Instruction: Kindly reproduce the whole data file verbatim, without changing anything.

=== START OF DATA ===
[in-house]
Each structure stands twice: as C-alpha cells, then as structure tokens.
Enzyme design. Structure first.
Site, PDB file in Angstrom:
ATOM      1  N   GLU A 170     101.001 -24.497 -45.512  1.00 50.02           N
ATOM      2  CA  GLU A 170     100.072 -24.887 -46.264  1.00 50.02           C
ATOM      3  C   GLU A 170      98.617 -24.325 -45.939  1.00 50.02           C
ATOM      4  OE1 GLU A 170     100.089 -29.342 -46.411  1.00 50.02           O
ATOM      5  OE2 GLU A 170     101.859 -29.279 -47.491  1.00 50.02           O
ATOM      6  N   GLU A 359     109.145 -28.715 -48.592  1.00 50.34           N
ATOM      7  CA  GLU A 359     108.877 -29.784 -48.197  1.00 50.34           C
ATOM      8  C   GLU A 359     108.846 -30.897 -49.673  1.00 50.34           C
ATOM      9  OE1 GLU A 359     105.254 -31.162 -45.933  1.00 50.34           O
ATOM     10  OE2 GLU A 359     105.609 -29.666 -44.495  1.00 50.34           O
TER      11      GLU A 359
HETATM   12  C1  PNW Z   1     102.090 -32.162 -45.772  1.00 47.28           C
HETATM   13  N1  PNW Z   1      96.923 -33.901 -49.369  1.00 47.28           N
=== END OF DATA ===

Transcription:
[in-house]
Each structure stands twice: as C-alpha cells, then as structure tokens.
Enzyme design. Structure first.
Site, PDB file in Angstrom:
ATOM      1  N   GLU A 170     101.001 -24.497 -45.512  1.00 50.02           N
ATOM      2  CA  GLU A 170     100.072 -24.887 -46.264  1.00 50.02           C
ATOM      3  C   GLU A 170      98.617 -24.325 -45.939  1.00 50.02           C
ATOM      4  OE1 GLU A 170     100.089 -29.342 -46.411  1.00 50.02           O
ATOM      5  OE2 GLU A 170     101.859 -29.279 -47.491  1.00 50.02           O
ATOM      6  N   GLU A 359     109.145 -28.715 -48.592  1.00 50.34           N
ATOM      7  CA  GLU A 359     108.877 -29.784 -48.197  1.00 50.34           C
ATOM      8  C   GLU A 359     108.846 -30.897 -49.673  1.00 50.34           C
ATOM      9  OE1 GLU A 359     105.254 -31.162 -45.933  1.00 50.34           O
ATOM     10  OE2 GLU A 359     105.609 -29.666 -44.495  1.00 50.34           O
TER      11      GLU A 359
HETATM   12  C1  PNW Z   1     102.090 -32.162 -45.772  1.00 47.28           C
HETATM   13  N1  PNW Z   1      96.923 -33.901 -49.369  1.00 47.28           N